There were times yesterday afternoon, when I was ready to throw in the towel, and forget about putting a Christmas tree up. It just seemed like too much of a struggle.
While most people who know where we live (an isolated community in the mountains of British Columbia) probably assume that I go out to some snow covered slope with axe in hand to get a Christmas tree, the reality is somewhat different. In the past, I have slogged out through knee-high snow and cut a small tree. I dragged it back to the truck, hauled it home, and tried to rig up some kind of base so it would stand up in the living room, but after a few of those experiences I gave up that hassle and bought us an artificial tree.
Yesterday, it seemed that going to the attic of my shop and carrying the artificial tree back to the house had become almost too big of a hassle, but I did it. I was already having trouble with my back, and somehow getting the tree to the living room made it worse.
We positioned the tree into the corner, then plugged in the lights and discovered only 2 of the 3 strings worked. (To make putting the tree up easier, I always leave the lights attached to the tree when we store it.) The lights are old and cheap ones, so if one bulb is bad, it effects the whole string. We tried to go down the string of lights, re-positioning each bulb, to see if it was the one causing the problem, but we couldn’t get the string to light up.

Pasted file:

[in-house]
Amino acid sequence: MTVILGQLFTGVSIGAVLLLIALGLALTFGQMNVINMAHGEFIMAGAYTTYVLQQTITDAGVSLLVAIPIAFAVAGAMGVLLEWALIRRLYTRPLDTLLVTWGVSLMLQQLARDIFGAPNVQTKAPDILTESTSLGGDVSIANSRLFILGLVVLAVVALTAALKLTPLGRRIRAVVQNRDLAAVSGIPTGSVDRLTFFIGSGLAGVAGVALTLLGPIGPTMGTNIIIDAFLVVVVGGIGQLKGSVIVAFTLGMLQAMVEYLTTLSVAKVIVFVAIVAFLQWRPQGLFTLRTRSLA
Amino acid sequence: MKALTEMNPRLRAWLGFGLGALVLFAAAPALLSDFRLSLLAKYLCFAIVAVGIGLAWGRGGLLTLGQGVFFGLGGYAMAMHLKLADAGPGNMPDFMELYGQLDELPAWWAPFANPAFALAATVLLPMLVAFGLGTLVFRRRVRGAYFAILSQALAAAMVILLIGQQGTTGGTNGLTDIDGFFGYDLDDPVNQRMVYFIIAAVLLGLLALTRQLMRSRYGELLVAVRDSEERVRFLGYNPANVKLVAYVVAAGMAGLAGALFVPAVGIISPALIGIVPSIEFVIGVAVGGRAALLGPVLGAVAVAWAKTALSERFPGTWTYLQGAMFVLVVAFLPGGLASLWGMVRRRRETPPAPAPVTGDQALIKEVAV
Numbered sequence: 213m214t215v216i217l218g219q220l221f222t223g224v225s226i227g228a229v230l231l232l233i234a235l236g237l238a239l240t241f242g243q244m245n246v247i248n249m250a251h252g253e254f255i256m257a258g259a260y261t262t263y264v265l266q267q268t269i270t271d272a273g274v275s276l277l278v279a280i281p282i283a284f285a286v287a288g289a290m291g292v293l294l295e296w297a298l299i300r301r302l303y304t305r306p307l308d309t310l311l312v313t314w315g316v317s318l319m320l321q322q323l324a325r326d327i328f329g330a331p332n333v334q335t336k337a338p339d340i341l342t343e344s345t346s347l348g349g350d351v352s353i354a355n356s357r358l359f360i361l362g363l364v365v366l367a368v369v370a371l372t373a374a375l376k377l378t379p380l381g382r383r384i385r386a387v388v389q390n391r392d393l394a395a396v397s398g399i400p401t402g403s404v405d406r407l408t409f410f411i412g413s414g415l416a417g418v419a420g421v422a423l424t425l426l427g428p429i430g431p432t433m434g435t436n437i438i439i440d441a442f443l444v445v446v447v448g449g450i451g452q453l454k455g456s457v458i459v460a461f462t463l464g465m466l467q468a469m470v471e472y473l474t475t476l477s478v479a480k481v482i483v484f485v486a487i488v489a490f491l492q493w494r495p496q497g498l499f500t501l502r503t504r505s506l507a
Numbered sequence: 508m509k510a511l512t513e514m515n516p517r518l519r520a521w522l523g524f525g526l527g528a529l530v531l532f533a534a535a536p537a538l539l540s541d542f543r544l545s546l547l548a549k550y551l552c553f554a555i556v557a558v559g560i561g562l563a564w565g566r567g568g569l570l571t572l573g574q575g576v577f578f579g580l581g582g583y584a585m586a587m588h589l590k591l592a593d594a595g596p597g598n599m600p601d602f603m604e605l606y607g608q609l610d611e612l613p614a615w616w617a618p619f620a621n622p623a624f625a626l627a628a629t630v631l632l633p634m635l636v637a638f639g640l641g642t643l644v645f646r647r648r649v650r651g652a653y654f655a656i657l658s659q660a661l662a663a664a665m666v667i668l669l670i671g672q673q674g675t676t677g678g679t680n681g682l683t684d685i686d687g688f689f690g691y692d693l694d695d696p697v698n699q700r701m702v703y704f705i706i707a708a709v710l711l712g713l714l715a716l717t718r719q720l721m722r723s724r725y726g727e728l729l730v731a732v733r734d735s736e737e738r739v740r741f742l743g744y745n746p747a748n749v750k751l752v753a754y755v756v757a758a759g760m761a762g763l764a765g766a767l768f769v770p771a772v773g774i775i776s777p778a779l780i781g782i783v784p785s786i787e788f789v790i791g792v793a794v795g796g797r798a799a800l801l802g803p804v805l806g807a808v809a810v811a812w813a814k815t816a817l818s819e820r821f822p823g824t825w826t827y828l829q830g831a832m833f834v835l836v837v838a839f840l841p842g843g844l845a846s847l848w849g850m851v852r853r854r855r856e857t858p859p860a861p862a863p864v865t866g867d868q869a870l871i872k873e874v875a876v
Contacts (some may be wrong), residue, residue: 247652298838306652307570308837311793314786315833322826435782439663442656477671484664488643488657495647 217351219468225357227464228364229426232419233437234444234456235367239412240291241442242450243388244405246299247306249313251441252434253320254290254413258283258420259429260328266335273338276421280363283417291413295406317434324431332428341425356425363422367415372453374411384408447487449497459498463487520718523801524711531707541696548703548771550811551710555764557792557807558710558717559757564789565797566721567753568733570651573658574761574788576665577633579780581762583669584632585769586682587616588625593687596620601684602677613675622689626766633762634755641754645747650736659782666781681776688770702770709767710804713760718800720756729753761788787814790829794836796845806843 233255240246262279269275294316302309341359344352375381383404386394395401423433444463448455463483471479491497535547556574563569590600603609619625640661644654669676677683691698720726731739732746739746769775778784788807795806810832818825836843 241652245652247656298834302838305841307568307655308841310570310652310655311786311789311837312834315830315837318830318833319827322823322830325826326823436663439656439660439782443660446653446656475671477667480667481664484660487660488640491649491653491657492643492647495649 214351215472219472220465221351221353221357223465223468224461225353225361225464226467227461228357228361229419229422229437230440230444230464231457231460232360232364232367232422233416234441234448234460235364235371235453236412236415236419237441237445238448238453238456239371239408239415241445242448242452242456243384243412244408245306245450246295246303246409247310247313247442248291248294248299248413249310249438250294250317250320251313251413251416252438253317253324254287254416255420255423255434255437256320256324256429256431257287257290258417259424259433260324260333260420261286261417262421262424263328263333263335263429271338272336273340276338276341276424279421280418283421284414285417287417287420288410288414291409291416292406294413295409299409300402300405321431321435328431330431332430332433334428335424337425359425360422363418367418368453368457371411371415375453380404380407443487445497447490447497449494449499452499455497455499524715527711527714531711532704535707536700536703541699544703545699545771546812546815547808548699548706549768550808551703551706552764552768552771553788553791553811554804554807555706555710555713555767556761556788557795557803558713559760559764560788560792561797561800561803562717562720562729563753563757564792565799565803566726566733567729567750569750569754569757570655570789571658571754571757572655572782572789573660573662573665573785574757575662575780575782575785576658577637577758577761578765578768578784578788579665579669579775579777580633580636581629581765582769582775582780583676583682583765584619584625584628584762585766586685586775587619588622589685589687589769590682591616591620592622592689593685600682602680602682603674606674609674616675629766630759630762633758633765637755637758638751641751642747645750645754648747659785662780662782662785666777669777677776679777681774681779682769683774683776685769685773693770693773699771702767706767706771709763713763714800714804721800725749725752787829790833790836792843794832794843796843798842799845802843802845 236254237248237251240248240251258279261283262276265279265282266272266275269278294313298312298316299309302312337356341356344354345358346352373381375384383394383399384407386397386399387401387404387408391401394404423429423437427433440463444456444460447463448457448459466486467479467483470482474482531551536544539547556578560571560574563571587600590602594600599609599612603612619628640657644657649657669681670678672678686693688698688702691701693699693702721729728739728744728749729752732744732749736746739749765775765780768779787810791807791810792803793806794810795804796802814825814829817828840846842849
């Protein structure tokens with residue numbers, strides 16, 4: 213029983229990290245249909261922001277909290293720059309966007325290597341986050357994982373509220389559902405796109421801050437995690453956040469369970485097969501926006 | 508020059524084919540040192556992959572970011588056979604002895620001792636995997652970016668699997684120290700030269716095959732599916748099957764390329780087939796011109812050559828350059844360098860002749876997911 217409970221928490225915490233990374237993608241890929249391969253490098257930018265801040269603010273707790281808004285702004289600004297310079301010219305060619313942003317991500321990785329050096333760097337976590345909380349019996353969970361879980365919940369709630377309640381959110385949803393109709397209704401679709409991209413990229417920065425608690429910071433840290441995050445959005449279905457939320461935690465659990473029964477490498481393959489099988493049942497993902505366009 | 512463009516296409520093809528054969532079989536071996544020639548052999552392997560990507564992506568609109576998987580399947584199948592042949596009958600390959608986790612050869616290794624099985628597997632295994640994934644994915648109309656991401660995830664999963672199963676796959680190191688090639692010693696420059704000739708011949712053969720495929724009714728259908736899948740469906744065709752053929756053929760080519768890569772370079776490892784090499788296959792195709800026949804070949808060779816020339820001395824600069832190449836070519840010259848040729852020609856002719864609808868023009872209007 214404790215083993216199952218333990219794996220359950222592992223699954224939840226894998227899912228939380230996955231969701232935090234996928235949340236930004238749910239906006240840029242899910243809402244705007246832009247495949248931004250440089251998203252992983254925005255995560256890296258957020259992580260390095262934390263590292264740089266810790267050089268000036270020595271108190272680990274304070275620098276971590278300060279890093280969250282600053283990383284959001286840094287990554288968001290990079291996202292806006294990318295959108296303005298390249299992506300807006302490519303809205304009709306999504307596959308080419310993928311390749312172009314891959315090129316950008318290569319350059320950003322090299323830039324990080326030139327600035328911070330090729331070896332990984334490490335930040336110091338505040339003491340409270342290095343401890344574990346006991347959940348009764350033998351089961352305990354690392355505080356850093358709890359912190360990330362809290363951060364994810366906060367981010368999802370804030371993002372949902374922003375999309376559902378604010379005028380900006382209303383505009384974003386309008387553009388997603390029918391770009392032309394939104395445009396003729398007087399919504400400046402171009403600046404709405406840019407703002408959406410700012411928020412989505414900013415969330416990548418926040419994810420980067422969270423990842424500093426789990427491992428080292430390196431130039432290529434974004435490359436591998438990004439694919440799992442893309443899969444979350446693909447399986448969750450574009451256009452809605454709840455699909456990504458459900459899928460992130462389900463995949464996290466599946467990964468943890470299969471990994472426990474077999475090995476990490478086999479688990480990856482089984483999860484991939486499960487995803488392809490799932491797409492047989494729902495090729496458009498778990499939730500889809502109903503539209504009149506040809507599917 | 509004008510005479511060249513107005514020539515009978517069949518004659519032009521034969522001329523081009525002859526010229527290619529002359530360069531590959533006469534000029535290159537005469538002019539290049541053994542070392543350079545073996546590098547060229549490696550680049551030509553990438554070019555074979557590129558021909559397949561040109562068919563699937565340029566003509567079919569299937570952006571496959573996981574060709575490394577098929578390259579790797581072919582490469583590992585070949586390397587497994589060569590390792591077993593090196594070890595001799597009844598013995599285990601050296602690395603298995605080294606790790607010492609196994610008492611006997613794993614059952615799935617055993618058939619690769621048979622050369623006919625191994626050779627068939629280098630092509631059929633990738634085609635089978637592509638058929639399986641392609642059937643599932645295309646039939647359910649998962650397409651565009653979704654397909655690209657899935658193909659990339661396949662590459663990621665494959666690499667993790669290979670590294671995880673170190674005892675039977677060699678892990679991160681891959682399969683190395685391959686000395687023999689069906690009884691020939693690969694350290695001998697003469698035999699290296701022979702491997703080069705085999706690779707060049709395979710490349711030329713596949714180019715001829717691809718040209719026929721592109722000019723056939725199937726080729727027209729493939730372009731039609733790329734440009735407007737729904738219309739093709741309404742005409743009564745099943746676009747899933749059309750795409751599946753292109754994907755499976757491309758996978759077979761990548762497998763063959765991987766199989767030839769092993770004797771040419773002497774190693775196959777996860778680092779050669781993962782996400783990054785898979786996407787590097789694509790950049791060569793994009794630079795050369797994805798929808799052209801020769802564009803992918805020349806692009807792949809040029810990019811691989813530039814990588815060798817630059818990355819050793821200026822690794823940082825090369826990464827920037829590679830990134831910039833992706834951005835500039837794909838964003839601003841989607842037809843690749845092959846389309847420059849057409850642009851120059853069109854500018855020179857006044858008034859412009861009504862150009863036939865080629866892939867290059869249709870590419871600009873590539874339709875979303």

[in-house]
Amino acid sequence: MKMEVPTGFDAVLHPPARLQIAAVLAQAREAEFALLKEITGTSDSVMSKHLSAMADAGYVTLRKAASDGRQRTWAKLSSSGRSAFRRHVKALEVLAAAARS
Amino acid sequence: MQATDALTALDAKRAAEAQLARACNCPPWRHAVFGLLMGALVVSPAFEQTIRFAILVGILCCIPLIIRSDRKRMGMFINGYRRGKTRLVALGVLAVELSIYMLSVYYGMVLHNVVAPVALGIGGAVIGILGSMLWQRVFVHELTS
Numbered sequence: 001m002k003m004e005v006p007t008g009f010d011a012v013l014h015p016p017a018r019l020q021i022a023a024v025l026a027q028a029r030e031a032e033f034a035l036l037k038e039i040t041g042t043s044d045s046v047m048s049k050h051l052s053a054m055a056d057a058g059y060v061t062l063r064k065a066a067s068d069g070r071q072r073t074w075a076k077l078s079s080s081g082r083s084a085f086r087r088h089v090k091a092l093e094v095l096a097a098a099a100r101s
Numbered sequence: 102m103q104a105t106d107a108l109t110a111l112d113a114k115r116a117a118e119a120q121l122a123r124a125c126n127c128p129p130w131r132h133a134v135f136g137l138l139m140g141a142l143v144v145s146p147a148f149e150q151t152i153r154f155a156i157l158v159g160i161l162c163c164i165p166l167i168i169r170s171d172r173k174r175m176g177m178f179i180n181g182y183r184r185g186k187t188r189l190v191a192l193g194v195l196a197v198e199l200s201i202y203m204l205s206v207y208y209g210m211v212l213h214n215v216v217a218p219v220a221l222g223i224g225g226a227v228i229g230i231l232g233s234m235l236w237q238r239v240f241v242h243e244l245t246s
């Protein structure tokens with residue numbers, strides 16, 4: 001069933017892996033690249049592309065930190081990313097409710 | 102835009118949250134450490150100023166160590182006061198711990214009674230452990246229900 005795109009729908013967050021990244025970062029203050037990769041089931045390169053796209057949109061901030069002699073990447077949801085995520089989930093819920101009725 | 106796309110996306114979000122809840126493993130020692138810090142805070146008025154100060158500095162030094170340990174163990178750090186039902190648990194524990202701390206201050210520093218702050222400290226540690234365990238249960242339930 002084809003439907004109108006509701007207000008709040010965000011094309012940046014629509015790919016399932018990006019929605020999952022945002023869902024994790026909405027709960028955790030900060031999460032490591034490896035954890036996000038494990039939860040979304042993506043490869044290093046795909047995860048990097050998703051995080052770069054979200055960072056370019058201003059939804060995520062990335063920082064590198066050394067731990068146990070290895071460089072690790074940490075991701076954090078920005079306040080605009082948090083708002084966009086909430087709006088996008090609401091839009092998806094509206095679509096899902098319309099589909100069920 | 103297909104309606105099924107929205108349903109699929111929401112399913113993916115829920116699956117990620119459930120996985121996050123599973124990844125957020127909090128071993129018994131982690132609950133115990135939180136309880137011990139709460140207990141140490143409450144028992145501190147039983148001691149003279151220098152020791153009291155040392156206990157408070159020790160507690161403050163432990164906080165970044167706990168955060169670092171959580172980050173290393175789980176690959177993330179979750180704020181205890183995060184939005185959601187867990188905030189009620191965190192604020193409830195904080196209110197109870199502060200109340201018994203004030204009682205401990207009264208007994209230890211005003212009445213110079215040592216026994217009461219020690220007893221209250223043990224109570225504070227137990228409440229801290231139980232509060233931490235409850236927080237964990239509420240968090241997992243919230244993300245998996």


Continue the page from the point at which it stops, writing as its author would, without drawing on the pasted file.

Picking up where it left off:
With each movement, my back was getting worse, but I wanted to get all the lights going, because once they were lit, Joan takes over in decorating the tree. In my frustration in trying to get the lights going, I finally decided that they all had to come off of the tree, so I could make sure each light on the burnt out string was tested (it was very difficult to tell which one I had tried when they were strung on the tree). I unhooked all the light strings from the tree and they end up in a tangled pile on the floor.
One string was plugged into the wall socket and the other two were plugged into it. I unplugged them from each other and plugged each one individually into the wall socket, and to my surprise all three strings of lights then worked. That meant the problem was not with an individual bulb, but with the plug in on the one string. After I rearranged the sequence of strings they all worked, but unfortunately, they were not on the tree, but still in a tangle on the floor.
My back pain was getting worse as I untangled the complex weave of lights, and draped them over the tree. Then I went around connecting each bulb to a branch. To my great relief all the lights remained lit. Finally, I got them fairly well spaced and happily turned the tree project over to Joan. I had only enough energy left to get my aching back to the bed, where I spent the next couple of hours trying to recoup.
While I was down (and out), Joan did her magic on the tree, and as a result our living room now glows with Christmas spirit. I am afraid if it was all left up to me, I would have given up and played the Scrooge this year.
See my paintings: www.davidmarchant.ca